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UT Southern Campus Locked Down, No Threat Found


While the lockdown of the University of Tennessee Southern campus last week turned out not to be an actual threat, it would not be accurate to call it a hoax either.

Pulaski Police, Giles County Sheriff’s Department and Tennessee Highway Patrol law enforcement officers converge upon the University of Tennessee Southern campus last week in response to a mistaken “active shooter” call. The campus was cleared and “no active threat” found.   Scott Stewart / Pulaski Citizen

Pulaski Police Chief John Dickey had that to say about the incident last Wednesday (Jan. 31) that also resulted in businesses in the area and schools in Pulaski locking down. 

Law Enforcement including Pulaski Police, Giles County Sheriff’s Department and Tennessee Highway Patrol descended upon the scene Wednesday, dispatched to a report of an active shooter at the UTS campus.

After more than an hour on the scene, Dickey said there had been no shots fired and no threat identified. Students who were sheltering in place in buildings across the campus were contacted by law enforcement and allowed to leave the area.

The City of Pulaski released a statement Wednesday: “UT Southern learned of a potential threat in the area this afternoon and immediately went into a shelter in place order. State and local authorities responded to sweep the campus. Authorities have issued an all clear. All classes have been canceled for the remainder of the day. Thank you to all first responders that assisted to help resolve this issue and in keeping our community safe!”

UT Southern also released the following statement Wednesday: “At approximately 2:47 p.m., UT Southern Security received a call of a potential threat in the area. The university immediately issued a shelter in place order while state and local authorities evaluated the threat. 

“No active threat was identified, and state and local authorities issued an all clear at 4:03 p.m. Classes for the remainder of the day have been canceled.”

Dickey said the active shooter report at UT Southern was not the result of a specific individual trying to pull a hoax or create a panic. 

According to the chief, the incident was traced back to an earlier report at a school in a nearby county. When that school reported a potential threat they had received to other dispatch agencies surrounding them, Giles County was included.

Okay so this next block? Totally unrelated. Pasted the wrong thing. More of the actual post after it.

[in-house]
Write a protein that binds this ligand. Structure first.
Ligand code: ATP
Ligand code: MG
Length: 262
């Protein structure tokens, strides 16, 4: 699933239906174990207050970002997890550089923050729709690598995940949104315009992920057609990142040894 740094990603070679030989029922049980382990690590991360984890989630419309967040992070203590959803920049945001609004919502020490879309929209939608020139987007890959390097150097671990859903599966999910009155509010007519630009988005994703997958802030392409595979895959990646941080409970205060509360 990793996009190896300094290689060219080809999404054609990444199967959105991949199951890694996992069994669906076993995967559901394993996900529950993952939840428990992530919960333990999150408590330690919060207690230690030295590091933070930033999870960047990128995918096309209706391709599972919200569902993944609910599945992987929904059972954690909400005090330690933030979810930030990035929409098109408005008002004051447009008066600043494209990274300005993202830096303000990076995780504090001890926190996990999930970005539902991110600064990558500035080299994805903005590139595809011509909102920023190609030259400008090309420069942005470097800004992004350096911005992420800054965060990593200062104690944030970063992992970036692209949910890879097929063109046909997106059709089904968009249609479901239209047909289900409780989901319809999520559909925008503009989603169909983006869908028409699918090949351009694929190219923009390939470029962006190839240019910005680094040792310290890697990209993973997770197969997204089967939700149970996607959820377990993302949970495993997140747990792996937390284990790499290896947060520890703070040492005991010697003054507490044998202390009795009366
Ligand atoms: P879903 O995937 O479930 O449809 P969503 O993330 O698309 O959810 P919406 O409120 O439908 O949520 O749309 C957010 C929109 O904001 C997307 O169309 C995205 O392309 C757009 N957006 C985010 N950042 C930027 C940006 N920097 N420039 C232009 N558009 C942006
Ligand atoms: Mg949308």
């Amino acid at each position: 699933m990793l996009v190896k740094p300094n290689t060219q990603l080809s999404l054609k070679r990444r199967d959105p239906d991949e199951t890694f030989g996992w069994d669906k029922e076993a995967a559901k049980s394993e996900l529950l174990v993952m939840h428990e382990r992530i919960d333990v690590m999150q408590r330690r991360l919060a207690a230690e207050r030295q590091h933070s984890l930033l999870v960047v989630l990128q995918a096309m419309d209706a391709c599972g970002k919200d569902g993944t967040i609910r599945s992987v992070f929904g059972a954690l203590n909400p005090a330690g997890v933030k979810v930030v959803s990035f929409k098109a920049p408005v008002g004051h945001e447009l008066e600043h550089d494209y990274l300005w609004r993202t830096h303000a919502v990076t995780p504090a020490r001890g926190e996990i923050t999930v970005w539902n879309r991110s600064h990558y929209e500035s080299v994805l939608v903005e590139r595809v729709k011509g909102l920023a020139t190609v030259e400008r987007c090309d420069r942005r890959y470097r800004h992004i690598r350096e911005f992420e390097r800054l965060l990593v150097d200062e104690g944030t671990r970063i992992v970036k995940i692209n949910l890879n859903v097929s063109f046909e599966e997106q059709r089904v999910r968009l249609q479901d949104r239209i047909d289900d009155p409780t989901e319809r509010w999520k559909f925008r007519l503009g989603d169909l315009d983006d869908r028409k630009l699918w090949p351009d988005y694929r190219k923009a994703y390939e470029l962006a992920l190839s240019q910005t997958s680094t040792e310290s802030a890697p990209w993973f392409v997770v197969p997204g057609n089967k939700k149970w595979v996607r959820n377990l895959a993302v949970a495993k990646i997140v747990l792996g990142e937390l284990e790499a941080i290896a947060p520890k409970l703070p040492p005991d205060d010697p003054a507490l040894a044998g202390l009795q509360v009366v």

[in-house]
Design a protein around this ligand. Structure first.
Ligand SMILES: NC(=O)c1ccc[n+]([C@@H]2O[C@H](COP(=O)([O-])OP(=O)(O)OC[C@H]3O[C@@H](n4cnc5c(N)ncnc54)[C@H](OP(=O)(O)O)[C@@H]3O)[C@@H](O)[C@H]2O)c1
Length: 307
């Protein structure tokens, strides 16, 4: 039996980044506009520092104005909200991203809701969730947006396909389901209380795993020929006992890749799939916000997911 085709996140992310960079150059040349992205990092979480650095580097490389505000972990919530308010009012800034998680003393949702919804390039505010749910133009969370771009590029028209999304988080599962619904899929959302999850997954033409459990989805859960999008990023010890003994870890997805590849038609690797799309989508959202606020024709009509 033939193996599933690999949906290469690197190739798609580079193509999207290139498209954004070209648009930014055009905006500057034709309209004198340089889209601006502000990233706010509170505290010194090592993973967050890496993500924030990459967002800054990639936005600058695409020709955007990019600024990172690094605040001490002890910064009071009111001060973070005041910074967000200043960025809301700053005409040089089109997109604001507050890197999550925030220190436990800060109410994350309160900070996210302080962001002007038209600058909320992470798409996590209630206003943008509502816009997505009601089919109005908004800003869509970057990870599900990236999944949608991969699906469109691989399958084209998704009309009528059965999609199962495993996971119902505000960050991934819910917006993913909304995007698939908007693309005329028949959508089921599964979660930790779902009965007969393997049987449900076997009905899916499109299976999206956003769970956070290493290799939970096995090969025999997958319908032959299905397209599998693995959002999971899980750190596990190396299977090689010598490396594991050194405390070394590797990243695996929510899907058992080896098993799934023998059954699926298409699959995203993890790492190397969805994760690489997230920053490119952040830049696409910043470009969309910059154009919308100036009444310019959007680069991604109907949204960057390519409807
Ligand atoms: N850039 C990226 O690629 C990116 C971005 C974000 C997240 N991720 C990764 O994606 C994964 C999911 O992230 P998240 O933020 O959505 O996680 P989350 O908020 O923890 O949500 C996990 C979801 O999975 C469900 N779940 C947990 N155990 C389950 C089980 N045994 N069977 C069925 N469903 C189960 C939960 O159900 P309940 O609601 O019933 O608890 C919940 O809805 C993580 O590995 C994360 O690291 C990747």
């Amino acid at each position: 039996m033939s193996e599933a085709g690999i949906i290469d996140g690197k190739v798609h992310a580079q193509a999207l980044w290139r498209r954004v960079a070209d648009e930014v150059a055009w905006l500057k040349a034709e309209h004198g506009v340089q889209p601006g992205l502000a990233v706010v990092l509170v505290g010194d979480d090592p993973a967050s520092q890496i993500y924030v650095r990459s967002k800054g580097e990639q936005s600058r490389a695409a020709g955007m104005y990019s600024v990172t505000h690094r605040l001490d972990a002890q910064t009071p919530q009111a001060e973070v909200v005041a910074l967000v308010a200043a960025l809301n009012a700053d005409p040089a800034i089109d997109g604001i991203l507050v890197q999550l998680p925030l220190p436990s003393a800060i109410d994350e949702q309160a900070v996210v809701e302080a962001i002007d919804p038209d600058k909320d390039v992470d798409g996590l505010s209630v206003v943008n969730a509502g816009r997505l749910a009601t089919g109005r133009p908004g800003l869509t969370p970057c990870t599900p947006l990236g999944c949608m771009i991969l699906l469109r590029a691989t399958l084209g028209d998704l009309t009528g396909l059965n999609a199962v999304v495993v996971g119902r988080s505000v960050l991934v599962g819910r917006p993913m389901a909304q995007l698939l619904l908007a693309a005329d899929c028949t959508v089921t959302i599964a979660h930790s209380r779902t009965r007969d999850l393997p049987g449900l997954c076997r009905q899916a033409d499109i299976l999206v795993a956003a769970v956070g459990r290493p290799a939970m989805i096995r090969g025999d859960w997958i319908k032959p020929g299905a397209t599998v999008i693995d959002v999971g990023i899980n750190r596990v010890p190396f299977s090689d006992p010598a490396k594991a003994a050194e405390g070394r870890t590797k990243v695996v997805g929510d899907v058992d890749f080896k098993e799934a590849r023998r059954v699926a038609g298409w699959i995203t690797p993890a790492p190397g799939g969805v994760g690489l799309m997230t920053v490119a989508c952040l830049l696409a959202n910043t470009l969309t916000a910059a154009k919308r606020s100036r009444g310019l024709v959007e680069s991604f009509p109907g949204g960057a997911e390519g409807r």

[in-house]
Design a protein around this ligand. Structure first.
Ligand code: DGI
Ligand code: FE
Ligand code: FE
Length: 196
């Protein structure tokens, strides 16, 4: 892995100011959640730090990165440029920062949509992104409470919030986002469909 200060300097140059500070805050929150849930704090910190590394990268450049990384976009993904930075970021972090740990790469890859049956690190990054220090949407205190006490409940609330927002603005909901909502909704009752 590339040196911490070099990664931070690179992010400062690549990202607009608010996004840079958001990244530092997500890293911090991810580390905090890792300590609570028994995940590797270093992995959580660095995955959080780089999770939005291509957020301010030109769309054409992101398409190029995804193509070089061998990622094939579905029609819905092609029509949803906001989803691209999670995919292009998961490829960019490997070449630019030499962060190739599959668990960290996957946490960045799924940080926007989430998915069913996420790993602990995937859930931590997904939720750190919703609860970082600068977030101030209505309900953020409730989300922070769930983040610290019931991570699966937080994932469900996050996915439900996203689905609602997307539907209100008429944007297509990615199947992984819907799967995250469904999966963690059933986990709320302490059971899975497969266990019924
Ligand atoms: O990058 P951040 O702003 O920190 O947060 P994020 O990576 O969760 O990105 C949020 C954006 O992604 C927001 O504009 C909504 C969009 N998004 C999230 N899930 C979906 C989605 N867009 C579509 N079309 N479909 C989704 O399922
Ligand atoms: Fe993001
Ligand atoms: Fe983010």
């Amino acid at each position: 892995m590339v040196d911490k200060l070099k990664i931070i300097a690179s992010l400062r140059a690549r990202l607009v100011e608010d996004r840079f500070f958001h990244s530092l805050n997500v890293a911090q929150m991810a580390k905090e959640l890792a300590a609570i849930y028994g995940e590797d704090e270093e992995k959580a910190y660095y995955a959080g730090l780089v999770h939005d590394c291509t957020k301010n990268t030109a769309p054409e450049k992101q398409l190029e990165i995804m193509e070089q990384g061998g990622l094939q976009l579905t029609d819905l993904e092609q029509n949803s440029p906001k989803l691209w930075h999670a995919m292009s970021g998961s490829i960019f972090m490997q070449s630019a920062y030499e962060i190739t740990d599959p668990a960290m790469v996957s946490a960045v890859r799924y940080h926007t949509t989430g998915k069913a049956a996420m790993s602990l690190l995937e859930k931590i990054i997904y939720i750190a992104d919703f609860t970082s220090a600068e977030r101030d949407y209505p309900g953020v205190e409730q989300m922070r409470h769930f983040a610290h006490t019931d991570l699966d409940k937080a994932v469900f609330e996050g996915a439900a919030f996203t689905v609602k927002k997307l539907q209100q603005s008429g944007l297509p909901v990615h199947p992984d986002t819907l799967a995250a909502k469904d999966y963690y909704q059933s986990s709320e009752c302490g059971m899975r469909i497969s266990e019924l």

Scott Stewart / Pulaski Citizen

Dickey said when Giles County’s dispatch received the notice, which he described as more of a “be on the look out” type notice concerning possible activity in the area, they reached out to area schools, including security at UT Southern.

Dickey said UT Southern made the decision based on the information from dispatch to issue a campus lockdown with a message sent to students, the title of which, he said, used the verbiage “active shooter,” which he said referred to active shooter protocol rather than an actual active shooter.

When the lockdown message went out, a call was made to E-911 from Colonial Hall reporting an active shooter on campus, according to Dickey, who added that dispatch got the caller’s location and dispatched responders to an active shooter event at Colonial Hall on the UT Southern campus.

At the point an active shooter call was dispatched, law enforcement were responding to what they believed to be an actual call, Dickey said. They started at Colonial Hall, and, once it was clear, he said he instructed officers to go to the other buildings and identify any potential threats.

“That’s why it took so long to clear it,” Dickey said. “The campus has multiple buildings with two or three stories and basements. You want it to be unfounded but it ends up being like a needle in a haystack when the threat turns out not to be real.”

“Everyone pulled together and everything meshed very well,” Dickey said of the response. “We couldn’t have asked for things to proceed any better than they did.”

Dickey said, under the circumstances, he would always prefer the people who responded do as they did, if they believed it to be a real threat.

“I’d rather them respond as they did, and it be unfounded,” he said. “At the time UT Southern initiated the lockdown, I don’t know that they expected law enforcement would be responding, but at the time that was initiated, it was perceived to be a real threat. I’d much rather have her respond that way to what she believed was a real threat.”